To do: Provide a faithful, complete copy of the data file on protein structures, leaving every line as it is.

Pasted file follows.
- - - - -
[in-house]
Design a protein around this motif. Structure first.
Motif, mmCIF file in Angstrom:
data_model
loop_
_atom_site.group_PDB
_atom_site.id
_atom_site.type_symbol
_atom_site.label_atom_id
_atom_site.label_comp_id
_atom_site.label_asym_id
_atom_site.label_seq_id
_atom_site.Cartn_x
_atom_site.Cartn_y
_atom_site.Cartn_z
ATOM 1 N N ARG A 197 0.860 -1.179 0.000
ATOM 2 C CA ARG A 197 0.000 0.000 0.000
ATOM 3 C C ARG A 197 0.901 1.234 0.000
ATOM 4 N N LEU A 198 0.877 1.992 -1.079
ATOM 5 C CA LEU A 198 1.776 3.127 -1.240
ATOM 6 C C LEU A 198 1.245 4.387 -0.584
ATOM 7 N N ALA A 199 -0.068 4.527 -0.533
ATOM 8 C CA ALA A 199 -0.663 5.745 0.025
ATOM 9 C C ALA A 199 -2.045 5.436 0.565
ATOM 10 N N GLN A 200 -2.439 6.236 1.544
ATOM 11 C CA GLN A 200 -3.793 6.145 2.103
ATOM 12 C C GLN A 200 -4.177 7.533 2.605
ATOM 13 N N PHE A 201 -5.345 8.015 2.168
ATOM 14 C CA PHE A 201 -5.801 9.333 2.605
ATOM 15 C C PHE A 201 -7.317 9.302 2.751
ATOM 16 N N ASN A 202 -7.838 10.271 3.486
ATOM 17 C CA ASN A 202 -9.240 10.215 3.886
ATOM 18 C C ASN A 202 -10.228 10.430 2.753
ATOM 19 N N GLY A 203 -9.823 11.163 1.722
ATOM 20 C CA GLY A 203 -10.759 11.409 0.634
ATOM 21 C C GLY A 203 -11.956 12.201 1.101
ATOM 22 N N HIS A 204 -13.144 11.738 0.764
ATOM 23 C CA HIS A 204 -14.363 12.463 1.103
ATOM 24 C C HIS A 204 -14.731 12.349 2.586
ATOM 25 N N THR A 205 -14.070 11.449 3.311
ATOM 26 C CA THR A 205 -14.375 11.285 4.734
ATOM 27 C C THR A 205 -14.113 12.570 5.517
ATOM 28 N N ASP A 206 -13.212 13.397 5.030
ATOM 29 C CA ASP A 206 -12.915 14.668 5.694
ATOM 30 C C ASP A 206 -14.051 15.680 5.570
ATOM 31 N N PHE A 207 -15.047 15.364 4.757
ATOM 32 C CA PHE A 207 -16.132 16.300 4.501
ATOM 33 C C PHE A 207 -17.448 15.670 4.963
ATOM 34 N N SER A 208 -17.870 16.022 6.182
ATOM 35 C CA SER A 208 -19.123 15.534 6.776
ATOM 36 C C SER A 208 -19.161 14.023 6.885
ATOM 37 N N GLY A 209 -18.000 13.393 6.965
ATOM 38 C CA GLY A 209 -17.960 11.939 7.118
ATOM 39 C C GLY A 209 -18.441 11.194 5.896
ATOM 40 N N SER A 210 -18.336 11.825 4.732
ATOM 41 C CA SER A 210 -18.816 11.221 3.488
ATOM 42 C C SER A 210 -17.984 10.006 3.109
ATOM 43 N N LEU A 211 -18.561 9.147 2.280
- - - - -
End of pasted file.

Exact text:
[in-house]
Design a protein around this motif. Structure first.
Motif, mmCIF file in Angstrom:
data_model
loop_
_atom_site.group_PDB
_atom_site.id
_atom_site.type_symbol
_atom_site.label_atom_id
_atom_site.label_comp_id
_atom_site.label_asym_id
_atom_site.label_seq_id
_atom_site.Cartn_x
_atom_site.Cartn_y
_atom_site.Cartn_z
ATOM 1 N N ARG A 197 0.860 -1.179 0.000
ATOM 2 C CA ARG A 197 0.000 0.000 0.000
ATOM 3 C C ARG A 197 0.901 1.234 0.000
ATOM 4 N N LEU A 198 0.877 1.992 -1.079
ATOM 5 C CA LEU A 198 1.776 3.127 -1.240
ATOM 6 C C LEU A 198 1.245 4.387 -0.584
ATOM 7 N N ALA A 199 -0.068 4.527 -0.533
ATOM 8 C CA ALA A 199 -0.663 5.745 0.025
ATOM 9 C C ALA A 199 -2.045 5.436 0.565
ATOM 10 N N GLN A 200 -2.439 6.236 1.544
ATOM 11 C CA GLN A 200 -3.793 6.145 2.103
ATOM 12 C C GLN A 200 -4.177 7.533 2.605
ATOM 13 N N PHE A 201 -5.345 8.015 2.168
ATOM 14 C CA PHE A 201 -5.801 9.333 2.605
ATOM 15 C C PHE A 201 -7.317 9.302 2.751
ATOM 16 N N ASN A 202 -7.838 10.271 3.486
ATOM 17 C CA ASN A 202 -9.240 10.215 3.886
ATOM 18 C C ASN A 202 -10.228 10.430 2.753
ATOM 19 N N GLY A 203 -9.823 11.163 1.722
ATOM 20 C CA GLY A 203 -10.759 11.409 0.634
ATOM 21 C C GLY A 203 -11.956 12.201 1.101
ATOM 22 N N HIS A 204 -13.144 11.738 0.764
ATOM 23 C CA HIS A 204 -14.363 12.463 1.103
ATOM 24 C C HIS A 204 -14.731 12.349 2.586
ATOM 25 N N THR A 205 -14.070 11.449 3.311
ATOM 26 C CA THR A 205 -14.375 11.285 4.734
ATOM 27 C C THR A 205 -14.113 12.570 5.517
ATOM 28 N N ASP A 206 -13.212 13.397 5.030
ATOM 29 C CA ASP A 206 -12.915 14.668 5.694
ATOM 30 C C ASP A 206 -14.051 15.680 5.570
ATOM 31 N N PHE A 207 -15.047 15.364 4.757
ATOM 32 C CA PHE A 207 -16.132 16.300 4.501
ATOM 33 C C PHE A 207 -17.448 15.670 4.963
ATOM 34 N N SER A 208 -17.870 16.022 6.182
ATOM 35 C CA SER A 208 -19.123 15.534 6.776
ATOM 36 C C SER A 208 -19.161 14.023 6.885
ATOM 37 N N GLY A 209 -18.000 13.393 6.965
ATOM 38 C CA GLY A 209 -17.960 11.939 7.118
ATOM 39 C C GLY A 209 -18.441 11.194 5.896
ATOM 40 N N SER A 210 -18.336 11.825 4.732
ATOM 41 C CA SER A 210 -18.816 11.221 3.488
ATOM 42 C C SER A 210 -17.984 10.006 3.109
ATOM 43 N N LEU A 211 -18.561 9.147 2.280